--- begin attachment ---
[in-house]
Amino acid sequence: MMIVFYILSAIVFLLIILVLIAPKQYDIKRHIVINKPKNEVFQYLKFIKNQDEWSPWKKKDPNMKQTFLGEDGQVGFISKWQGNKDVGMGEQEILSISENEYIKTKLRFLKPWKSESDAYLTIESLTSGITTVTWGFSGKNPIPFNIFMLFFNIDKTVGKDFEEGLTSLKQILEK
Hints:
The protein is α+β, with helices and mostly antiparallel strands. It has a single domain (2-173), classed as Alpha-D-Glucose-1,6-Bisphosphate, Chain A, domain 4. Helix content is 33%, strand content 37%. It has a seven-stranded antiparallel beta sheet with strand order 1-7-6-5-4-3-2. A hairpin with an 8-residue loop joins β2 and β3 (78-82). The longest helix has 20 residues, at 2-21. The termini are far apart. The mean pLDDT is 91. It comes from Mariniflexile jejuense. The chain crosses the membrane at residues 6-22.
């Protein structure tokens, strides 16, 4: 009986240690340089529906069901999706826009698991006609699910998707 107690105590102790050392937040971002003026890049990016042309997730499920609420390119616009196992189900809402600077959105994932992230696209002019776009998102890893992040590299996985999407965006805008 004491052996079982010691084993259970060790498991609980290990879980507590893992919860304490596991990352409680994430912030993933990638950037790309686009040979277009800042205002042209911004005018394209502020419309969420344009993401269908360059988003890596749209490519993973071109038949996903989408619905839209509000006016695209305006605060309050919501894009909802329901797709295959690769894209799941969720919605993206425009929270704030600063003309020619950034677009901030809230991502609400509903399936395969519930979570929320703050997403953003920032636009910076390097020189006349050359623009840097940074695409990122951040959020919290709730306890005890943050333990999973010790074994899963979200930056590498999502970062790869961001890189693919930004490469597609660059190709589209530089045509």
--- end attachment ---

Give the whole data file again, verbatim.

[in-house]
Amino acid sequence: MMIVFYILSAIVFLLIILVLIAPKQYDIKRHIVINKPKNEVFQYLKFIKNQDEWSPWKKKDPNMKQTFLGEDGQVGFISKWQGNKDVGMGEQEILSISENEYIKTKLRFLKPWKSESDAYLTIESLTSGITTVTWGFSGKNPIPFNIFMLFFNIDKTVGKDFEEGLTSLKQILEK
Hints:
The protein is α+β, with helices and mostly antiparallel strands. It has a single domain (2-173), classed as Alpha-D-Glucose-1,6-Bisphosphate, Chain A, domain 4. Helix content is 33%, strand content 37%. It has a seven-stranded antiparallel beta sheet with strand order 1-7-6-5-4-3-2. A hairpin with an 8-residue loop joins β2 and β3 (78-82). The longest helix has 20 residues, at 2-21. The termini are far apart. The mean pLDDT is 91. It comes from Mariniflexile jejuense. The chain crosses the membrane at residues 6-22.
């Protein structure tokens, strides 16, 4: 009986240690340089529906069901999706826009698991006609699910998707 107690105590102790050392937040971002003026890049990016042309997730499920609420390119616009196992189900809402600077959105994932992230696209002019776009998102890893992040590299996985999407965006805008 004491052996079982010691084993259970060790498991609980290990879980507590893992919860304490596991990352409680994430912030993933990638950037790309686009040979277009800042205002042209911004005018394209502020419309969420344009993401269908360059988003890596749209490519993973071109038949996903989408619905839209509000006016695209305006605060309050919501894009909802329901797709295959690769894209799941969720919605993206425009929270704030600063003309020619950034677009901030809230991502609400509903399936395969519930979570929320703050997403953003920032636009910076390097020189006349050359623009840097940074695409990122951040959020919290709730306890005890943050333990999973010790074994899963979200930056590498999502970062790869961001890189693919930004490469597609660059190709589209530089045509």